With more new site visitors coming in from your supporters’ Facebook Challenges, the last thing you want to do is turn prospects away because your site is inaccessible. Whether this is because of the device being used, the language it’s in, or a user’s disability, considering your own website’s accessibility and compliance is crucial.
In order to reach standards in nonprofit web compliance, your organization needs to be aware of the Americans with Disabilities (ADA) act. This law prohibits discrimination against individuals with disabilities and requires all “public accomodations” to be fully accessible—including nonprofit websites.
To ensure your own website is ADA compliant, it’s worth it to look into the Web Content Accessibility Guidelines (WCAG), a set of usability standards developed by the World Wide Web Consortium. With three levels of compliance (A, AA, and AAA), your website needs to hit the AA level to be legally compliant. For more information, we recommend heading over to their official website.
Here are some quick ways to increase your own website’s accessibility and compliance:
Even if your website doesn’t fall under a public accommodation, it’s 100% worth it to be as accessible as possible. This way you don’t risk losing out on potential supporters and you’re providing an equally engaging experience for all.
While your nonprofit website should be linked within the Facebook fundraiser, there will be times the users simply look up your name on Google to find out more. This is when search engine optimization (SEO) becomes important.
SEO is the process of optimizing websites and their page content to rank highly on search engines results pages. To choose the ranking, search engines will crawl web pages and look for keywords that relate to the search intent. Then, the search engine will index them according to how relevant and valuable the site content is. SEO is the act of making your website easier for search engines to crawl and index.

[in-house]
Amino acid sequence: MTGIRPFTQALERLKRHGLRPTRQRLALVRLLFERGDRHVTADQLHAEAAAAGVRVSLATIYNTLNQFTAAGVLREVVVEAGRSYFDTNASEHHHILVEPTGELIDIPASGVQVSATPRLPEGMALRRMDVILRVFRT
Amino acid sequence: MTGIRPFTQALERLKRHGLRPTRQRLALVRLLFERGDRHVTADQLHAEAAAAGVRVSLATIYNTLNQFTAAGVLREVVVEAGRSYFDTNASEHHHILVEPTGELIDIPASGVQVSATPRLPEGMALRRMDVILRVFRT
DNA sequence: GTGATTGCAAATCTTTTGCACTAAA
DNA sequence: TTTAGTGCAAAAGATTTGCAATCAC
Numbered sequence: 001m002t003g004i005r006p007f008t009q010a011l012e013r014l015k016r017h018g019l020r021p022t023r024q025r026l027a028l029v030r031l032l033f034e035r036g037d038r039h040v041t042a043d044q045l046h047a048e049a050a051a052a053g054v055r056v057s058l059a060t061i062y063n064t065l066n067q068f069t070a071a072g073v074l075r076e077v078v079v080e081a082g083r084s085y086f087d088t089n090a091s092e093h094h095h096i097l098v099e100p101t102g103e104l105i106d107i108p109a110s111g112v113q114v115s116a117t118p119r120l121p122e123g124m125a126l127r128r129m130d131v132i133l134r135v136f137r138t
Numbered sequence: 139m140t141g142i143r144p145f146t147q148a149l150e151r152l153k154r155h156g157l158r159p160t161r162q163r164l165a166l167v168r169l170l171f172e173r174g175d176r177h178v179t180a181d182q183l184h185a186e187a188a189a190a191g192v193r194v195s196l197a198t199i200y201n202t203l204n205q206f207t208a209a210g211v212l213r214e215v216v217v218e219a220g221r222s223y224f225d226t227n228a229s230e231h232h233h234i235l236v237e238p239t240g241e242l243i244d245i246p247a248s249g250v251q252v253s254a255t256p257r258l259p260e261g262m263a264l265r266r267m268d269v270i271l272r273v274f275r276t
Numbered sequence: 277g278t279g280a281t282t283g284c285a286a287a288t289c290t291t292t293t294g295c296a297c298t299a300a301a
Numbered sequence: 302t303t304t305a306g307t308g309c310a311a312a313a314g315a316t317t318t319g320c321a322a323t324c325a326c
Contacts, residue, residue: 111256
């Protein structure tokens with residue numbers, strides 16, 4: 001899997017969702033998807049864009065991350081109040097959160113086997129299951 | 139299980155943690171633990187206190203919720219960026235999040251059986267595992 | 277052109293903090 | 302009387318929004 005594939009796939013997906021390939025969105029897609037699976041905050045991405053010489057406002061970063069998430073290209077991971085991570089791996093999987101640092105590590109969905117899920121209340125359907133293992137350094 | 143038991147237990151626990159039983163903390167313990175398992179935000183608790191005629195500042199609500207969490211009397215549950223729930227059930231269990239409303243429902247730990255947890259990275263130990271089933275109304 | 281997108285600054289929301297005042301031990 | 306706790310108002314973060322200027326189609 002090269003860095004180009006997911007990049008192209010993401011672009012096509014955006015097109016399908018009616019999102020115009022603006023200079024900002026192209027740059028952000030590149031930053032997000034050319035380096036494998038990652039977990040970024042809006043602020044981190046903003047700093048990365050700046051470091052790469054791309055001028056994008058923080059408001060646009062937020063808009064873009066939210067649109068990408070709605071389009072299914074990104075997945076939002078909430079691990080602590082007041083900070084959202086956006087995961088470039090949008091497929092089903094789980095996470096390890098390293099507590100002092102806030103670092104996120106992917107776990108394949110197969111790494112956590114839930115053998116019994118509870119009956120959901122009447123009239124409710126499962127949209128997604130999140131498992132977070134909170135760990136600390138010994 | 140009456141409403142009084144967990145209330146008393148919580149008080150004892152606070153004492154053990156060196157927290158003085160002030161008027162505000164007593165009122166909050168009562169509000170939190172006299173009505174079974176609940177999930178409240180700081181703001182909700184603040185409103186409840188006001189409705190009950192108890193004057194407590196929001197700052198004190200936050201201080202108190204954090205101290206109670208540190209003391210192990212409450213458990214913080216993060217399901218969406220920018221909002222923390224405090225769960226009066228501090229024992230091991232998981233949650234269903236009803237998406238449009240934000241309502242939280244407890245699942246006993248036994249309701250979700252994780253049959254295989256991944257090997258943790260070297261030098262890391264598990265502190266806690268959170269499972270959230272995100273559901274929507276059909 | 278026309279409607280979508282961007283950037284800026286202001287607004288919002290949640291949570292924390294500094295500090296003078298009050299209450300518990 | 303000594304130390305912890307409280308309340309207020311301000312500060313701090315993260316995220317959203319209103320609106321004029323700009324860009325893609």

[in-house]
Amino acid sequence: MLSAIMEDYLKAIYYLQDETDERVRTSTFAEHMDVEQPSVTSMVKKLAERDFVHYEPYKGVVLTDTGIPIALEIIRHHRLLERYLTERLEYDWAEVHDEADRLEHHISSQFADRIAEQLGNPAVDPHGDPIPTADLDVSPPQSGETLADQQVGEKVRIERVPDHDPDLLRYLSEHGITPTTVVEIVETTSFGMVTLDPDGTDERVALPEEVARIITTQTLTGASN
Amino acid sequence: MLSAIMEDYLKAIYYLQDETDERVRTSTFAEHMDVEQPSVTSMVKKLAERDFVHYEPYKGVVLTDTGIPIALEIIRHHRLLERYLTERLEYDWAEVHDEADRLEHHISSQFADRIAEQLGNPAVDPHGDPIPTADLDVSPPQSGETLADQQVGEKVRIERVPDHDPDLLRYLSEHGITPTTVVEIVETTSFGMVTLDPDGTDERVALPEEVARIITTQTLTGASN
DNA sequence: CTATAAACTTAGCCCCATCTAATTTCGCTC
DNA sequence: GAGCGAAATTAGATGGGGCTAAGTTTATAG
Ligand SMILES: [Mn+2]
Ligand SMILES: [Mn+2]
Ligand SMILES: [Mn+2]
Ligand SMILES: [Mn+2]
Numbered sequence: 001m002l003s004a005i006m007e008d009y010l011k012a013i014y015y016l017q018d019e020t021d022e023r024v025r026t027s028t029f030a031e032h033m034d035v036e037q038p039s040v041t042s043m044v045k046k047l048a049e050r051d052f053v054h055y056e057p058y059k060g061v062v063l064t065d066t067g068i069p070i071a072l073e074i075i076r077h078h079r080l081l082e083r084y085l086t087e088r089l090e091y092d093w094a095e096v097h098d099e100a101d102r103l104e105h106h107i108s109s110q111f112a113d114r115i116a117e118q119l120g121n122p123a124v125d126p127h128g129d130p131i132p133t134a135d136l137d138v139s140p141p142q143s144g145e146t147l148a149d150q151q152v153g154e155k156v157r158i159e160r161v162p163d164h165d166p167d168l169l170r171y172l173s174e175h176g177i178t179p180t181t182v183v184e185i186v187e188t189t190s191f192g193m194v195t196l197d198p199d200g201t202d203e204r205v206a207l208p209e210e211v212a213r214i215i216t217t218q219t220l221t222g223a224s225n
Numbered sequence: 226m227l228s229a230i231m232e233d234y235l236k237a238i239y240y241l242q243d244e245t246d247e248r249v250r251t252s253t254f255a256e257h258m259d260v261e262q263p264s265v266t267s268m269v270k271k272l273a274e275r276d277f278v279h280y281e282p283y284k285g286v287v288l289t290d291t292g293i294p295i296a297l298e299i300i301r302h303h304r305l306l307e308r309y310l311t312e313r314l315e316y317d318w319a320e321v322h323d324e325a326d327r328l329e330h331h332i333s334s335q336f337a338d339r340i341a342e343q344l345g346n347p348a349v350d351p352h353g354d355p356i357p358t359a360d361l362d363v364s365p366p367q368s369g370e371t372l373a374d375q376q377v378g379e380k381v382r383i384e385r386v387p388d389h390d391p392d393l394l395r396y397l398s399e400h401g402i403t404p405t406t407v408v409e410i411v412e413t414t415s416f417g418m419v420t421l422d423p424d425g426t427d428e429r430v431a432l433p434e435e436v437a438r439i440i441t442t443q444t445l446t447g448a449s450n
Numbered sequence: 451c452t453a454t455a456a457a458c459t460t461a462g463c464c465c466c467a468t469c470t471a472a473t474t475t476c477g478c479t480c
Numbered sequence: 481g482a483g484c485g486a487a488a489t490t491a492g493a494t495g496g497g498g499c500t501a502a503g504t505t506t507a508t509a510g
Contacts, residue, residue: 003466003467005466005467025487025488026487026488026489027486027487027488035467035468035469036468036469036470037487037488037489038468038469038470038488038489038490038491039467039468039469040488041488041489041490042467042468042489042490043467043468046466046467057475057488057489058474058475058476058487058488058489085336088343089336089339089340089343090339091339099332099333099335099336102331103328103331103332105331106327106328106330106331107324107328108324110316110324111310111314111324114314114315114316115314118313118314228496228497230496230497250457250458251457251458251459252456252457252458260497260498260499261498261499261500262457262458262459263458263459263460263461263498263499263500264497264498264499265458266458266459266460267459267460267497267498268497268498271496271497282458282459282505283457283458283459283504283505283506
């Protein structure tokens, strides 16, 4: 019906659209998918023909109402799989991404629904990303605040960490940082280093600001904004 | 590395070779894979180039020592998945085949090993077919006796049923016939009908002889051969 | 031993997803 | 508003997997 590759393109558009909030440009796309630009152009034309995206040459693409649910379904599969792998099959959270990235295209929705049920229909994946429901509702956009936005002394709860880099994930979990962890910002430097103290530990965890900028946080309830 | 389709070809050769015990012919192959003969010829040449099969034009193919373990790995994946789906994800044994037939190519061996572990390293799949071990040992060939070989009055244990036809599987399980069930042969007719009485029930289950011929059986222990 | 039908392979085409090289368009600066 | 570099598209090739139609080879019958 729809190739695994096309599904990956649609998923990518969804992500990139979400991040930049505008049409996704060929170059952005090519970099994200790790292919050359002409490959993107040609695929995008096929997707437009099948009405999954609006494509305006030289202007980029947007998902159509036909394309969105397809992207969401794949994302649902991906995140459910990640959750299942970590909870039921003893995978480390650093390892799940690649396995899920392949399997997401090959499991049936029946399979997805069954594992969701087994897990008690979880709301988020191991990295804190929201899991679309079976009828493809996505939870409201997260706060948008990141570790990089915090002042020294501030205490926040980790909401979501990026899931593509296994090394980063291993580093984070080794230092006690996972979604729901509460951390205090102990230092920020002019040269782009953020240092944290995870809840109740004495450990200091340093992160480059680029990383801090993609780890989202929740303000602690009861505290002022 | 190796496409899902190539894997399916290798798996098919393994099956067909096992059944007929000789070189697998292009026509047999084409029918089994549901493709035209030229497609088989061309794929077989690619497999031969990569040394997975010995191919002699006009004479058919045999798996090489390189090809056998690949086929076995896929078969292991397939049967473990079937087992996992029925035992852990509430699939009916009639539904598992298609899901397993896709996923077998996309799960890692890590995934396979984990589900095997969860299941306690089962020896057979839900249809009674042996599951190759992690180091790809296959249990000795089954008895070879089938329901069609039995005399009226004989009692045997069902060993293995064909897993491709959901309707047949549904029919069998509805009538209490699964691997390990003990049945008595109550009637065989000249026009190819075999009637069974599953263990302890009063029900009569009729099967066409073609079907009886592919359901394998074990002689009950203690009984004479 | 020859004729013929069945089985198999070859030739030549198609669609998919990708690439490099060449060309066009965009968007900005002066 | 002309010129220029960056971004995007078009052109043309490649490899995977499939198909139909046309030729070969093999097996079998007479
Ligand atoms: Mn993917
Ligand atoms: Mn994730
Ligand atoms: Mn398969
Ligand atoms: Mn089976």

Since billions of online searches happen everyday and there are certainly other sites that use the same keywords that you do, prioritizing SEO is critical if you want to engage supporters on your nonprofit site and encourage them to give.
How do you know if your website is SEO optimized? Let’s consider what Google looks for when it crawls pages:
If you want to capitalize on your new Facebook donors, making your website easily discoverable when searching for it is essential. Without an SEO optimized website, you’re missing out on a crucial component of your digital strategy. In the end, Google and other search engines are looking for high-quality content. Using the tips above and this helpful SEO guide from Moz, you too can have an optimized website.
If you scroll down your Facebook newsfeed, you'll likely stumble upon one or two fundraisers hosted by your friends. Perhaps they started it in celebration of their birthday or because they’re participating in an online Facebook Challenge. No matter the reason, Facebook fundraisers are key ways for nonprofit organizations like yours to meet new supporters.
To start these relationships off on the right foot, having an engaging and informative website is key. Use the tips above to optimize your own website and engage new supporters beyond the Facebook platform.
About the Author:
Allison Manley, Director of Marketing & Communications at Kanopi
Allison is a recovering (and award-winning) designer who applies her creative and organizational skills to marketing strategy for Kanopi. Her diverse, multi-disciplinary background — which in addition to design includes glassblowing, publishing, podcasting, and figure skating — contributes to strong relationships to which she offers a broad perspective.
Her job is to tell the story of Kanopi by sharing information, writing, working with staff and partners, and keeping the brand cohesive across all channels. And since she maintains this site and wrote this, she can say she considers it a privilege to be able to work every day with fun, smart people who make her job easier; her colleagues keep clients so happy with solid work and processes that the clients, in turn, are obliging in helping Allison with case studies and positive feedback.
When not keeping the Kanopi brand on point, Allison is working on double jumps on an ice rink, chasing small children, or organizing something somewhere.